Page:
Tuesday, May 06, 2008


I've not used Twitter and it doesn't sound like the sort of thing I'd bother with (though I said that about weblogs a few years ago...).

But this is good (via Katherine - but on Facebook this time).

I'd be interested to see a more mundane one of these that shows how the dynamic of discussions in blogs change as the reader-numbers change - and the degree to which commenters are likely to have their own blogs changes.

So, a high-volume site like CiF or Harry's Place where most of the commenters don't have their own blogs will tend towards trollery, while lower-volume sites where most of the interlocutors have their own site (or where the site has a comments policy that discourages non-bloggers).

1 comment:

matgb said...

Don't know. I go to a fair few high-traffic "blogs" that requires you to have your own-Livejournal is incredibly insular in that, OpenID isn't fully adopted yet even though they invented it.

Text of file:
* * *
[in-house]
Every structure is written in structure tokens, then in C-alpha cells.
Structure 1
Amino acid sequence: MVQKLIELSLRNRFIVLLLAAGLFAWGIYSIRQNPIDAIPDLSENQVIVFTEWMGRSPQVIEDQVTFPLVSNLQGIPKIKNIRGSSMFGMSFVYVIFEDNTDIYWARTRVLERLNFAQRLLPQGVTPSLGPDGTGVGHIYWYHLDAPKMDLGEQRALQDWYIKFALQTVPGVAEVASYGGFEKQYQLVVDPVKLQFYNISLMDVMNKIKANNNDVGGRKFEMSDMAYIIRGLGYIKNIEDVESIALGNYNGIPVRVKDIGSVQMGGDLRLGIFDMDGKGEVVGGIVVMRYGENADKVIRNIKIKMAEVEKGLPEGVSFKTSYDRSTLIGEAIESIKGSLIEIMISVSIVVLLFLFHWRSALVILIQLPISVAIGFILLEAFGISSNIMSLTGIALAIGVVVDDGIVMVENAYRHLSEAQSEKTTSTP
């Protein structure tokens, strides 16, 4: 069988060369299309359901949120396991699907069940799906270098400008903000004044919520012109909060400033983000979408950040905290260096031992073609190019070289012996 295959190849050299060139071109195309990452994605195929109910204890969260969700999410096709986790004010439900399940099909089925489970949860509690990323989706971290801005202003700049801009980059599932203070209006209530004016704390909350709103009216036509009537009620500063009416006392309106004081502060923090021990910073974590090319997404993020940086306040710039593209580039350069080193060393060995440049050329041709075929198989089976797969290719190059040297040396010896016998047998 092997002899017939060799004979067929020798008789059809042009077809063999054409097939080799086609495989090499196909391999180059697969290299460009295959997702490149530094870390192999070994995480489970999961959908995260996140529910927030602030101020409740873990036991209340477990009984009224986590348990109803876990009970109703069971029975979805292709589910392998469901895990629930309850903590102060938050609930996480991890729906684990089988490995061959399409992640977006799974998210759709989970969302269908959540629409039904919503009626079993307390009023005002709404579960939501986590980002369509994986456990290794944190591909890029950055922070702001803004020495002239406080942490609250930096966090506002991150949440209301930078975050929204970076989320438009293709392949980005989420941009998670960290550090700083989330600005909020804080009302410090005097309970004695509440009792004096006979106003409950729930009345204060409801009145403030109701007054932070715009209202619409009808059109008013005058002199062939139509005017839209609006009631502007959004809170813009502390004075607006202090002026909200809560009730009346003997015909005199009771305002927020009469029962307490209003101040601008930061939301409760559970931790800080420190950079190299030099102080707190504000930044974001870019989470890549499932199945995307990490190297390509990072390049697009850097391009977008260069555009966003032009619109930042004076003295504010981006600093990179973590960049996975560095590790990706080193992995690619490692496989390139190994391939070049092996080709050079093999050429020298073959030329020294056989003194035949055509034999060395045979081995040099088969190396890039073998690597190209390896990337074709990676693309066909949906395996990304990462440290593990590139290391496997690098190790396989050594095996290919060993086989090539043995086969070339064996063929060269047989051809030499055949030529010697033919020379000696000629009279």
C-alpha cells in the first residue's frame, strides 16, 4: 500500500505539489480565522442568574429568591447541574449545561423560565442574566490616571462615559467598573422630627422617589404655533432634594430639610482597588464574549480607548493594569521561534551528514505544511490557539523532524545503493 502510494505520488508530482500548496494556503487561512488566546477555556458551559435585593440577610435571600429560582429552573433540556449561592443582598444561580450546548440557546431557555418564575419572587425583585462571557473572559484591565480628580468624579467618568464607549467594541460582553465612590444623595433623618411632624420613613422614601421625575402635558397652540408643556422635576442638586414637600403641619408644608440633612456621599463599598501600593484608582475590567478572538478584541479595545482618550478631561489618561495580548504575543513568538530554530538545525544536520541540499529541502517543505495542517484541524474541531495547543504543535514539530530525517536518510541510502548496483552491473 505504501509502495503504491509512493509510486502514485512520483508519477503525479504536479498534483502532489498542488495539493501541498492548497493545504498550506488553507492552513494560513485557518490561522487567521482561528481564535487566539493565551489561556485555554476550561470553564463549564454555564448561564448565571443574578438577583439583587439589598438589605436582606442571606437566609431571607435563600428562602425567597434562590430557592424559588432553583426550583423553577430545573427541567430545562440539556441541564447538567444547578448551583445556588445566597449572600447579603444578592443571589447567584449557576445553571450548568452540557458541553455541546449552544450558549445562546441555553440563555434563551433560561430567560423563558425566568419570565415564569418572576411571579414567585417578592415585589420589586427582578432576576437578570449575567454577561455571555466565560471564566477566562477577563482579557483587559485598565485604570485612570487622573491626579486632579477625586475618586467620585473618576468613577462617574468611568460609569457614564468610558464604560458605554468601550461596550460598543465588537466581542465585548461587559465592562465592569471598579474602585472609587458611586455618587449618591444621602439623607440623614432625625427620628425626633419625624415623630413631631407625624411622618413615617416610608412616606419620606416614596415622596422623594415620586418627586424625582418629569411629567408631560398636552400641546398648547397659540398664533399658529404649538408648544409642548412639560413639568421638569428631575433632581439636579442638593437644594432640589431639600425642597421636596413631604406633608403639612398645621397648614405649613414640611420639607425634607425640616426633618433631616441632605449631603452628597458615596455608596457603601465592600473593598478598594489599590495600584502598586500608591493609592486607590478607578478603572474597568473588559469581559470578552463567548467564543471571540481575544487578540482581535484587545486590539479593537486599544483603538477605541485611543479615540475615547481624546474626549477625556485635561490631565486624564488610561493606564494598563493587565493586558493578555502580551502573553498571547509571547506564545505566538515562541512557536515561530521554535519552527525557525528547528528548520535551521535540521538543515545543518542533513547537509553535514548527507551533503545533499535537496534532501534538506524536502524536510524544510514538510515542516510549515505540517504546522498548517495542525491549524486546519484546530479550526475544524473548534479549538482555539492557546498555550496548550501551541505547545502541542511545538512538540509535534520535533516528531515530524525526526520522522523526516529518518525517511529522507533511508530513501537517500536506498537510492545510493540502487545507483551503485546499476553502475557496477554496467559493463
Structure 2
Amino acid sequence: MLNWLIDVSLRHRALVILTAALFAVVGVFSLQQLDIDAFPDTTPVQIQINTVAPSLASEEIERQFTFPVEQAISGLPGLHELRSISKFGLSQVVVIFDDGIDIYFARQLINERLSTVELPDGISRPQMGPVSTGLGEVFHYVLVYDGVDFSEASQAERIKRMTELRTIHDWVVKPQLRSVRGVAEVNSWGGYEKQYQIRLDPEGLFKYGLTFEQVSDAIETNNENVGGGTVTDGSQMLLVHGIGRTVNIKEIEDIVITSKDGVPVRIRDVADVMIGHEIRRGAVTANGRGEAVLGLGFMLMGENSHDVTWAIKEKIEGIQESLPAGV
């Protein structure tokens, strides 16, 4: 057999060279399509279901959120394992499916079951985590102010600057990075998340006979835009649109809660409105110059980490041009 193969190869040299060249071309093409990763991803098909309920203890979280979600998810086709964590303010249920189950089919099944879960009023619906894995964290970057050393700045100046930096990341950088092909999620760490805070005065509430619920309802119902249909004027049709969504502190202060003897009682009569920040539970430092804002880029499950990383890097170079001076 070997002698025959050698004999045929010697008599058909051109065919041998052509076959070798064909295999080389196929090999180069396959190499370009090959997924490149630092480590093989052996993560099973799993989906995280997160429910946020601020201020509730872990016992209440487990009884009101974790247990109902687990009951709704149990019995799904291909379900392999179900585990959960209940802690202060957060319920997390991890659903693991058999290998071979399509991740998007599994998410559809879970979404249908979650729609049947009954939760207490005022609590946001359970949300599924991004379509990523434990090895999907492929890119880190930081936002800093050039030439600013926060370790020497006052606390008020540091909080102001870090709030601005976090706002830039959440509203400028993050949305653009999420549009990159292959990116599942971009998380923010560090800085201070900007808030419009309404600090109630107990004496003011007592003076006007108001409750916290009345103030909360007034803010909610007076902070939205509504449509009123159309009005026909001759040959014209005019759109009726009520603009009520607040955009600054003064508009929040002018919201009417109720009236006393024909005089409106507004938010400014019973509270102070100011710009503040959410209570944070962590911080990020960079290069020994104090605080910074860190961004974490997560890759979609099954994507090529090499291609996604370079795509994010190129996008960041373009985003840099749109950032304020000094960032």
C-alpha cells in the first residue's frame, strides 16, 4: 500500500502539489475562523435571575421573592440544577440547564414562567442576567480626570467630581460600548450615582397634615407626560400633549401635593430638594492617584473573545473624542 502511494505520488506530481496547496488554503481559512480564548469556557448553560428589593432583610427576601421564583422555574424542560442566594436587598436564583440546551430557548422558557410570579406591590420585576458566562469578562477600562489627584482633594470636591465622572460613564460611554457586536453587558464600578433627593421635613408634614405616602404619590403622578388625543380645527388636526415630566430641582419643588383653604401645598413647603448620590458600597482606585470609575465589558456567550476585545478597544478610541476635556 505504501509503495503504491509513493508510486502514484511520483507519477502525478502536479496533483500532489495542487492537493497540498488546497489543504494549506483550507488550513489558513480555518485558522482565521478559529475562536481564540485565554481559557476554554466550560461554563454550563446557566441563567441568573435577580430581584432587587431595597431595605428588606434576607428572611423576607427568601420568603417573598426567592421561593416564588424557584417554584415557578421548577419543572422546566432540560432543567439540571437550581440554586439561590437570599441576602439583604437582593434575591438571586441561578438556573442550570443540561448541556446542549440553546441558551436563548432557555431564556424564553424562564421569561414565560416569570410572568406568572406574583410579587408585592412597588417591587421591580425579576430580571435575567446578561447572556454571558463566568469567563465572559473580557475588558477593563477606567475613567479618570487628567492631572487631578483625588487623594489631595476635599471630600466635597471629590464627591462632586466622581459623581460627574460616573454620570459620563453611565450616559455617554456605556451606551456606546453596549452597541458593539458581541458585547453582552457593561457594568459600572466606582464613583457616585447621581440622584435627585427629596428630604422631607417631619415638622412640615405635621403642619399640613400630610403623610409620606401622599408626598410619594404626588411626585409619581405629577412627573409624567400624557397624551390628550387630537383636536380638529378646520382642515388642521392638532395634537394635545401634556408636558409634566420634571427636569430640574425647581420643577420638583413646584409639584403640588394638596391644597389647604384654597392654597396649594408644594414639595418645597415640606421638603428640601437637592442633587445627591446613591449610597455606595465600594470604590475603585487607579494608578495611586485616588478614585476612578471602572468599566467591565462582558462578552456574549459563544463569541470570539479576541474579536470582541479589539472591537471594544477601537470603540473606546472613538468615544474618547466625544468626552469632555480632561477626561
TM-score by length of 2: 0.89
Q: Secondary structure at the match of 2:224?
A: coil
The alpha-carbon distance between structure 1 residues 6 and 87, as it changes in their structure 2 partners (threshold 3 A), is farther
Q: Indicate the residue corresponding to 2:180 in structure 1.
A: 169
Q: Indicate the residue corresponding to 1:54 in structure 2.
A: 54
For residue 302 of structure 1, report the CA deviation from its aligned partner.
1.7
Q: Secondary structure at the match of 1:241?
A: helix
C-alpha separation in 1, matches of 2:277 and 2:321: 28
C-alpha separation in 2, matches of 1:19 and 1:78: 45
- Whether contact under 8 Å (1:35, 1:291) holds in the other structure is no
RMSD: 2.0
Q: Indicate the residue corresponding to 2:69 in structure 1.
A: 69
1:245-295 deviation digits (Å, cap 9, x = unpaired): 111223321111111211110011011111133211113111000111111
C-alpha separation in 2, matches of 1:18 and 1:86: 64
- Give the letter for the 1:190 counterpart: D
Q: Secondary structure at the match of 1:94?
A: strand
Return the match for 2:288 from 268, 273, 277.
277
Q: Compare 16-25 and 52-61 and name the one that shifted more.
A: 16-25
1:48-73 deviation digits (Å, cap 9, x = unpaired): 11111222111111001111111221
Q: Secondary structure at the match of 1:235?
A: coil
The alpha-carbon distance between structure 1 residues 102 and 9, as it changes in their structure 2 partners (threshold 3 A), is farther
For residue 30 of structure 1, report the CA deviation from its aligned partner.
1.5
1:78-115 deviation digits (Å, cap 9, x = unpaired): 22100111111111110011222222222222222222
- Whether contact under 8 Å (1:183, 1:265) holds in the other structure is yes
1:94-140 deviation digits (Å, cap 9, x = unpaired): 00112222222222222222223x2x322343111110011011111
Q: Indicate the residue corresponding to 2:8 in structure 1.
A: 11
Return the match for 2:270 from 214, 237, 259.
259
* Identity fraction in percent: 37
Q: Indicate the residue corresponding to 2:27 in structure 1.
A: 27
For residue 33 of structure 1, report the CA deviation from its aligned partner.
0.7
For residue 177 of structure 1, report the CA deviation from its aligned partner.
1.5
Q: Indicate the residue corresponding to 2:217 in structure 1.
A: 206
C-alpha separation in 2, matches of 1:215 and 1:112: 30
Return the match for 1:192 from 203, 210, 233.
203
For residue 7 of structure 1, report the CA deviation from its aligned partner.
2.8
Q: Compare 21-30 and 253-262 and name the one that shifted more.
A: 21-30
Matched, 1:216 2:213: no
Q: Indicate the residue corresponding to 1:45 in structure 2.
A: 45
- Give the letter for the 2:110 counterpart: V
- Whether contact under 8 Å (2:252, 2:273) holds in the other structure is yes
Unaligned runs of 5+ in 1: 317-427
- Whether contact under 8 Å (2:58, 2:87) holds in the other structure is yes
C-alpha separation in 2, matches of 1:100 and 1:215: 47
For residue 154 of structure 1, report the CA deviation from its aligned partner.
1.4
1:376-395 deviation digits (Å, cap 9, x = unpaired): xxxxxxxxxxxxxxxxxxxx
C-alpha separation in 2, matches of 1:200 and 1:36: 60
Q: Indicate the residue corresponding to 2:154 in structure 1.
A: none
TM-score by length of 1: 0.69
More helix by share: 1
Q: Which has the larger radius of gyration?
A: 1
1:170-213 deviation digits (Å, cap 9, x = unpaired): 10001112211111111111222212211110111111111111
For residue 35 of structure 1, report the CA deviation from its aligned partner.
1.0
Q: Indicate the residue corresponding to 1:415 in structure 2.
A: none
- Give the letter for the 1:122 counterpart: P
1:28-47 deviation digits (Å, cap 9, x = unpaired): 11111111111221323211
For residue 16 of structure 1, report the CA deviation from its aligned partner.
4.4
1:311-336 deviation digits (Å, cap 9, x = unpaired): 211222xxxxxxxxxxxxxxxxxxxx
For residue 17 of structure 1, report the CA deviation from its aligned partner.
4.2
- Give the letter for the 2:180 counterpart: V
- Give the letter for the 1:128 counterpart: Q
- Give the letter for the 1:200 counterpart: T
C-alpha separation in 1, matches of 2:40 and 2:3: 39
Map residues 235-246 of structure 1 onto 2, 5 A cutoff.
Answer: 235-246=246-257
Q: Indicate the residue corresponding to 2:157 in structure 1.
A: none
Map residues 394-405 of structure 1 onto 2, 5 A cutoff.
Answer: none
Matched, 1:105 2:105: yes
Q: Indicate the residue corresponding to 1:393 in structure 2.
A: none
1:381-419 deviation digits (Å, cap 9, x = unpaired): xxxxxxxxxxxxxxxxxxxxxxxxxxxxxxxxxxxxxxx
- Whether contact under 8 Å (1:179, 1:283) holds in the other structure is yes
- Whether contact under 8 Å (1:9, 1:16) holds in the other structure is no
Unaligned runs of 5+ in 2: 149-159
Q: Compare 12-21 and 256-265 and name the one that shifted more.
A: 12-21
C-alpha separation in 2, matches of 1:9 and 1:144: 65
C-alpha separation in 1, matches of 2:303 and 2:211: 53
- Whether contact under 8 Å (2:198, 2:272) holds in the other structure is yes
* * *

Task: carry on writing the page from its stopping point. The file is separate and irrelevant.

Some of the worst trolling I've seen has been on some of the higher traffic comms (essentially group blogs), and from logged in users with their own blogs.

OTOH, on sites where the authors and site owners engage in discussion and are prepared to delete/moderate imbecilic behaviour, you get a much better conversation.

CiF as a specific example—posts by Justin, Sunny, Alix or JamesG get better discussion than posts by unheard-ofs that then don't go in and discuss-to me, part of blogging is the discussion in the comments afterwards (it's one of the reasons I went back to LJ as my main platform, get many more comments there), but if the author doesnt engage and allows stupidity to go unchallenged then it devolves.

Can't speak for Harry's Place though, went a few times, saw all the trolls, never went back, if a site can't keep the discussion civilised then I can't be arsed with it. Liberal Conspiracy, for example, has a much better record despite, I understand, now having similar traffic levels.

Less comments, but more substantive.